The FAMCare Blog

The Way Home

Posted by GVT Admin on Apr 17, 2024 3:00:36 PM


While other major American cities continue to see their homeless populations grow relentlessly, over the past dozen years Houston has driven down its homeless population by 64%, including a 17% reduction just last year. There used to be 8,500 people on the streets on any given night, but now Houston’s homeless population stands at 3,200, with all but 1,200 of them in shelters. What has changed? What did Houston do differently to solve a homeless problem that plagued the city for thirty years? What can other great cities across the country learn from the Houston response model?


When the Houston Mayor and other civic authorities took a close look at their homeless problem, they discovered that people may have great reasons to give money to help veterans or children aging out of foster care, but the reality in Houston, as in many other jurisdictions, is that the vast majority of the homeless population is made up of single men of color. Making real progress in reducing homelessness meant addressing their needs because there was little sympathy or financial support for that population.

  • For example, Texas spends almost no money on homelessness, devoting just 7% as much to its major homelessness programs as California does, ($806 per homeless person versus $10,786).
  • Houston itself devotes no general fund dollars to homeless programs, while Harris County puts in just $2.6 million a year, and only for the past couple of years.

Houston's turnaround funding success for its homeless population began with a change in public policy and a new cooperative effort with 100 different nonprofits.

  • Houston’s emphasis is on getting people into their own individual apartments. Thanks to $25 million a year in federal funding from COVID-19 programs, Houston was able to house an additional 12,000 homeless individuals over the last three years. 90% of them are still in those homes one year later. That costs roughly $18,000 a year, per person. On the other hand, letting people stay on the streets costs $50 to $75,000 between jail time, emergency room visits and the rest.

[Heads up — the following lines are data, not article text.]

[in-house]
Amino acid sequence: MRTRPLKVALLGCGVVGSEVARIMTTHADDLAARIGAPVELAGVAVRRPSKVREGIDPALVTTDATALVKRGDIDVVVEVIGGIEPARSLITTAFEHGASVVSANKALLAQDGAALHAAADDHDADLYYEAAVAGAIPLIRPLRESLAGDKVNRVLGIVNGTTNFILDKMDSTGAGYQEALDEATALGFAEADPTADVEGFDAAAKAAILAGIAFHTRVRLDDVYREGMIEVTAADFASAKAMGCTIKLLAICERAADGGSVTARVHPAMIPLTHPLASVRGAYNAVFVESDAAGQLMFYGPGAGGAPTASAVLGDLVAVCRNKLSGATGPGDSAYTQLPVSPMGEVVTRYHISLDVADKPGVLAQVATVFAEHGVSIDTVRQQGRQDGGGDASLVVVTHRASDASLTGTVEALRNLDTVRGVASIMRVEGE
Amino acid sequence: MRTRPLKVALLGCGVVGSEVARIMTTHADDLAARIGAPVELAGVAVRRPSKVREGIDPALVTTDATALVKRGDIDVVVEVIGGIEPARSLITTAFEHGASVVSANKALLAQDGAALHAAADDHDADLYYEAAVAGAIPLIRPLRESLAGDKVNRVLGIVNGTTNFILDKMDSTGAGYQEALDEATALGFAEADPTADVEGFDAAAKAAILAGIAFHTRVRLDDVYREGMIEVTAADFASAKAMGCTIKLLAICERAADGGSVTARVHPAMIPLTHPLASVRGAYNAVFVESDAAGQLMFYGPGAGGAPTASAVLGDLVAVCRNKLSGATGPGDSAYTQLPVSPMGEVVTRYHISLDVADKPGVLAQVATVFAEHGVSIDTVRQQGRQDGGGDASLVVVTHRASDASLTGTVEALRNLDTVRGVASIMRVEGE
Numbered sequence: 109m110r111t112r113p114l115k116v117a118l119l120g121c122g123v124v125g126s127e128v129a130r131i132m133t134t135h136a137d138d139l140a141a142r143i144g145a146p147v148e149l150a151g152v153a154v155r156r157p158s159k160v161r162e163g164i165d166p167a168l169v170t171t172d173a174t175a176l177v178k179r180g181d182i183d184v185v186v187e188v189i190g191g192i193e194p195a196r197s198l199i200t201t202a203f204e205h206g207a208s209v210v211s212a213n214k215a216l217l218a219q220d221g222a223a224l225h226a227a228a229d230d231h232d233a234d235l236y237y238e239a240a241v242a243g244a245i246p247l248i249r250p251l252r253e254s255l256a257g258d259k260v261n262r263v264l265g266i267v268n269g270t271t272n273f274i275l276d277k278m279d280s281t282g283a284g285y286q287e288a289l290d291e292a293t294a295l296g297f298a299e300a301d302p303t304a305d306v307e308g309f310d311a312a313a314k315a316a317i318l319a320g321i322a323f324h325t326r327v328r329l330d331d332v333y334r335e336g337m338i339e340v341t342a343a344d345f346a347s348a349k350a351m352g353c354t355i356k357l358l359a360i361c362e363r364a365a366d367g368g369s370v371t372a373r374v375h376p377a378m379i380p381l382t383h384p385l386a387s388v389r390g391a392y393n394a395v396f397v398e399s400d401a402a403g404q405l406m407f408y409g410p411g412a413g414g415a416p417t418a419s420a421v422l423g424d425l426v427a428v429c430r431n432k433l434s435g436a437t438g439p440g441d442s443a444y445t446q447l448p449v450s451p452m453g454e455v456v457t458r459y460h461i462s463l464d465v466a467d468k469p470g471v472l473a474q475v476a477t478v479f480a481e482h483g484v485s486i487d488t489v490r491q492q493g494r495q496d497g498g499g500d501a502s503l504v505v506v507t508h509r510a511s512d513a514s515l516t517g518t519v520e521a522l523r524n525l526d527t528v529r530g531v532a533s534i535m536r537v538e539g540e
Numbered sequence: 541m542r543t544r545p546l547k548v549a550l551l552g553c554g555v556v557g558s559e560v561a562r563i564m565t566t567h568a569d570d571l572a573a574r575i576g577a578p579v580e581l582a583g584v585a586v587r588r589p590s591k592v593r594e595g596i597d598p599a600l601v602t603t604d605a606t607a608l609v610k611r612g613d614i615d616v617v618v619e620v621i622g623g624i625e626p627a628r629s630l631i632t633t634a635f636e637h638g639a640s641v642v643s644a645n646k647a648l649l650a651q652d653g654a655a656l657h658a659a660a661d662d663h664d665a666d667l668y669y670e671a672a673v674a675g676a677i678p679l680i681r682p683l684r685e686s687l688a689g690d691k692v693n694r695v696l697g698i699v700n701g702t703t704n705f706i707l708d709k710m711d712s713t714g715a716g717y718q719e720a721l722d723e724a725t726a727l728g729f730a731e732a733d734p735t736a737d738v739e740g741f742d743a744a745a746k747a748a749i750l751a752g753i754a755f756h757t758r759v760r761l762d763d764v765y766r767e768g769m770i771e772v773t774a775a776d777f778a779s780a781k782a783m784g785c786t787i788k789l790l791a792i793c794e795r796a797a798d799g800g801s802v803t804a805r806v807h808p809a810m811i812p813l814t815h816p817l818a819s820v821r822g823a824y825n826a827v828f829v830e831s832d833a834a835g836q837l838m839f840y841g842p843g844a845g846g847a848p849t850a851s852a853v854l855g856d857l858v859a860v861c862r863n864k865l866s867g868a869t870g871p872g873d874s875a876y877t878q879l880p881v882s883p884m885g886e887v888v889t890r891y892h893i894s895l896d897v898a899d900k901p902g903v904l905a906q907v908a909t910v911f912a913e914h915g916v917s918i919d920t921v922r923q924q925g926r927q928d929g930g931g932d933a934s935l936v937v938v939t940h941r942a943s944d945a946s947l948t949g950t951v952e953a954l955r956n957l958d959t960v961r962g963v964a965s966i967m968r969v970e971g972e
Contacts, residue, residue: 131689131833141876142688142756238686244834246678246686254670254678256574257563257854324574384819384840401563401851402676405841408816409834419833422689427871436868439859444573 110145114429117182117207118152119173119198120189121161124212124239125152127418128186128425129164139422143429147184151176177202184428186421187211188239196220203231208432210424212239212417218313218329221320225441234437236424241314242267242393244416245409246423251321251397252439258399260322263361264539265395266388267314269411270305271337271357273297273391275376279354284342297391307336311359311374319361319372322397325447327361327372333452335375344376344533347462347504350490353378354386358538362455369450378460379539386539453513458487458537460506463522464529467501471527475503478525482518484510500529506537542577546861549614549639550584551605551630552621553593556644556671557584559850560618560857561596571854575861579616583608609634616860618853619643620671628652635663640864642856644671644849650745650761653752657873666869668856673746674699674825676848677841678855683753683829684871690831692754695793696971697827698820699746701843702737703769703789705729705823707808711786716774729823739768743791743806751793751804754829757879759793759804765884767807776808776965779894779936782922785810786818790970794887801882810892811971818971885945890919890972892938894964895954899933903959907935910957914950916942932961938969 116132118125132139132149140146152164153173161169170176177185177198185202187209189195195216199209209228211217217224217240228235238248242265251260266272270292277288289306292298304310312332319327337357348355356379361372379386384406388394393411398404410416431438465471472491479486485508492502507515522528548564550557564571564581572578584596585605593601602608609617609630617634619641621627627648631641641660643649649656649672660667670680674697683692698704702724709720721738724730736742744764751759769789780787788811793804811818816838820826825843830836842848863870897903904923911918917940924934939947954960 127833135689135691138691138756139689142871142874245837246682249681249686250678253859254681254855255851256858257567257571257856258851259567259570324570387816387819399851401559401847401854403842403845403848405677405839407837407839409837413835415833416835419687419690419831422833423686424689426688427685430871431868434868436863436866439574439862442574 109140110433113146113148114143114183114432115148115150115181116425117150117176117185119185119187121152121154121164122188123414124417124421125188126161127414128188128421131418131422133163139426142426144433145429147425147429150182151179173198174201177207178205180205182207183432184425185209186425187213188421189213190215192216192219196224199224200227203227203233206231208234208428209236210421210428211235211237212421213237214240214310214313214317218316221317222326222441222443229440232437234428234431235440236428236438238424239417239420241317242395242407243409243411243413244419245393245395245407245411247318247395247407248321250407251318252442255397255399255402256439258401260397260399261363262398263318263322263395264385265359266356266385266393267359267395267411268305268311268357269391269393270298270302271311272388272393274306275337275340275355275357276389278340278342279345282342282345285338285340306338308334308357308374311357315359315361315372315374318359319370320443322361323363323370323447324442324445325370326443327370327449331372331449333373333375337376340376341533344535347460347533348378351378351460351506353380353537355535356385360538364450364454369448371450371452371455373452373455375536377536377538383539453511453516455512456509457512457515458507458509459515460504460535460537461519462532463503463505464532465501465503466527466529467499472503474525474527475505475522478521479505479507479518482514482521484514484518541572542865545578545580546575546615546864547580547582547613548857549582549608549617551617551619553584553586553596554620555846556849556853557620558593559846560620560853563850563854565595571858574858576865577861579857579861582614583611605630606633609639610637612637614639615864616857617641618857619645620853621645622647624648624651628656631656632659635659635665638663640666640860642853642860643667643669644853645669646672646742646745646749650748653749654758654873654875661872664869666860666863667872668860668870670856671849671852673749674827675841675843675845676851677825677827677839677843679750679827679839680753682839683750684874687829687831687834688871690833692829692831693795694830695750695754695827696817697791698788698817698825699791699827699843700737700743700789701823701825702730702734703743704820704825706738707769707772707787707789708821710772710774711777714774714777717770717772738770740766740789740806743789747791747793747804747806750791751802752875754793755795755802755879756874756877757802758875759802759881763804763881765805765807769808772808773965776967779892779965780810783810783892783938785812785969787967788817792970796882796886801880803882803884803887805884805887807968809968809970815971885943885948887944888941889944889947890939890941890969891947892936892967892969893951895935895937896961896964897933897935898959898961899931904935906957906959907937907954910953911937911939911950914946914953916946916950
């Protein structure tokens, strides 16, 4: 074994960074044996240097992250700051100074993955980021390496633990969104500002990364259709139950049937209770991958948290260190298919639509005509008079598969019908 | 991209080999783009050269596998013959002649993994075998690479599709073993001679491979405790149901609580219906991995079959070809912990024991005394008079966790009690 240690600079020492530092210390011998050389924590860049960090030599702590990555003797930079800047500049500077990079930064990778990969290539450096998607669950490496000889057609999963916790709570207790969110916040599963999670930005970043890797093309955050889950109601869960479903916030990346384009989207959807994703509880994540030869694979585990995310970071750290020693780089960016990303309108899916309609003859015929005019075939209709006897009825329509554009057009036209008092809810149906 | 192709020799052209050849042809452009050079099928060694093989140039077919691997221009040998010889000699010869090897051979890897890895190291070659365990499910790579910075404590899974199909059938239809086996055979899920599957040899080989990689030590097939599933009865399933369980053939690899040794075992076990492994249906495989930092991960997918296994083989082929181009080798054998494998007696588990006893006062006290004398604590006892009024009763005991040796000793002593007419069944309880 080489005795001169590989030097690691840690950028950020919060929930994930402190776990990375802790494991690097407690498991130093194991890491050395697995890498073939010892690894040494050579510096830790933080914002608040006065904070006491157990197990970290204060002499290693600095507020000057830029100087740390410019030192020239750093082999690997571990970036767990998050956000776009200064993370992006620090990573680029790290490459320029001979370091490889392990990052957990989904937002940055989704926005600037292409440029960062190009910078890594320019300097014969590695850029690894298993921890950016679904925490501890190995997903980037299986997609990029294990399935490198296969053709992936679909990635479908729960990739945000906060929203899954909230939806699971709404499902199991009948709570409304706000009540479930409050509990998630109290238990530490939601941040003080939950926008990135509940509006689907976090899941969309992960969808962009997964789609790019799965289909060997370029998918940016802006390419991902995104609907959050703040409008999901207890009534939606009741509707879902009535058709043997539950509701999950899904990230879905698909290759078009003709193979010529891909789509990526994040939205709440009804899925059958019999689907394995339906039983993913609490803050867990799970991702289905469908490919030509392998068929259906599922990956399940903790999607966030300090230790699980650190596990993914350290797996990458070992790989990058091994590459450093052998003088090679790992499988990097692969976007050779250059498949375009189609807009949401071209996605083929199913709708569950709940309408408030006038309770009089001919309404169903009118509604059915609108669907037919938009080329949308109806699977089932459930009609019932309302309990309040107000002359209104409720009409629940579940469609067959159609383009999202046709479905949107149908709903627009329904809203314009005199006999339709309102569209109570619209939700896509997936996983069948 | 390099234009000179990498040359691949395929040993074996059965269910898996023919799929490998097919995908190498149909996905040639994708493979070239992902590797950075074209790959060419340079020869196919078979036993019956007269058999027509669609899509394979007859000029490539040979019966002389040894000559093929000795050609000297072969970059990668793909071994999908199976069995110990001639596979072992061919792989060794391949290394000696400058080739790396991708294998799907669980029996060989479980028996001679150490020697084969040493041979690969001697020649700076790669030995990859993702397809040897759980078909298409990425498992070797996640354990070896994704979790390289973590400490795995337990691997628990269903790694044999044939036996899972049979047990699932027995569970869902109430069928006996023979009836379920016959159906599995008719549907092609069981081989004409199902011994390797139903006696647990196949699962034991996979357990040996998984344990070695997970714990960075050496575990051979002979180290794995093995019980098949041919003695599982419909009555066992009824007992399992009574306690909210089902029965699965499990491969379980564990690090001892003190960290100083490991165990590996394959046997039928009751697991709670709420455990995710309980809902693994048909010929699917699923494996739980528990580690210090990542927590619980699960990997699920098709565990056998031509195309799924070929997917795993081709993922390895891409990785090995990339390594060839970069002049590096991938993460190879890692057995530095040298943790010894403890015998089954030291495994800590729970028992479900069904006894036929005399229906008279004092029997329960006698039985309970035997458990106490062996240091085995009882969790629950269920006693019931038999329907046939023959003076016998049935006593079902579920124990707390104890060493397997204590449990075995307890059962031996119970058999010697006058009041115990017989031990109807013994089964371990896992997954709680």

• The Houston Endowment, the largest local philanthropy, gave $15 million in grants to the Coalition for the Homeless and three other nonprofits as a “call to action,” says Ann Stern, its president. “If we don’t keep building on the gains we’ve had, shame on us, because we know what to do.”

Coordination and Cooperation

Houston has accomplished something practically no other jurisdiction has done. It has created a cooperative system to combat homelessness. Not that long ago, Houston and Harris County, their housing agencies and dozens of separate nonprofit groups barely spoke to one another about what they were trying to accomplish.

"What I found, and I think this happens in most cities, is we have a lot of great organizations and agencies doing important work in very narrow areas, and they’re operating in parallel to each other but not converging on the problem. I used a lot of political capital to push people into making a more coherent system. Now, the working relationship between the city and the county in addressing homelessness could not be better,” said then Houston Mayor Sylvester Turner. “Instead of a hundred NGOs competing with each other, we’ve kind of pulled them all together. They’re now operating under a single umbrella, The Way Home.

Coalition for the Homeless

The Coalition for the Homeless is the lead agency for The Way Home, a collective effort to address homelessness that involves Houston, Harris County, two neighboring counties and no fewer than 100 separate nonprofits. Close coordination among all these independent agencies has become a habit, with duplication and wasted effort, to an impressive extent, wrung out of the process. To receive most federal funds, metropolitan areas must adopt a model known as Continuum of Care (CoC) — a community wide plan to deliver services to homeless people. In theory, that means there should be coordination everywhere.

The Way Home

Houston adopted the Housing First Model — getting people into housing without first worrying about whether they were sober or had met other criteria to qualify. As things stand in Houston now, a group like SEARCH will do intake and determine whether a person is eligible for housing or other programs. Their information is entered into a database that presents the case manager with a dashboard of options, much like booking a flight on Kayak or Expedia. If the person is eligible, they’re sent over to whatever nonprofit has a bed available — and that nonprofit must take them in.

Beyond Houston

Houston has become a sort of Mecca for officials from other cities looking for strategies to fight homelessness, receiving visits from the mayors of Chicago, New York and Los Angeles, among multiple other jurisdictions. Dallas and Collin County, which employed architects of the Houston approach as consultants, saw their chronic homeless population fall by 32% over the past year.



Topics: Homeless & Food Pantry

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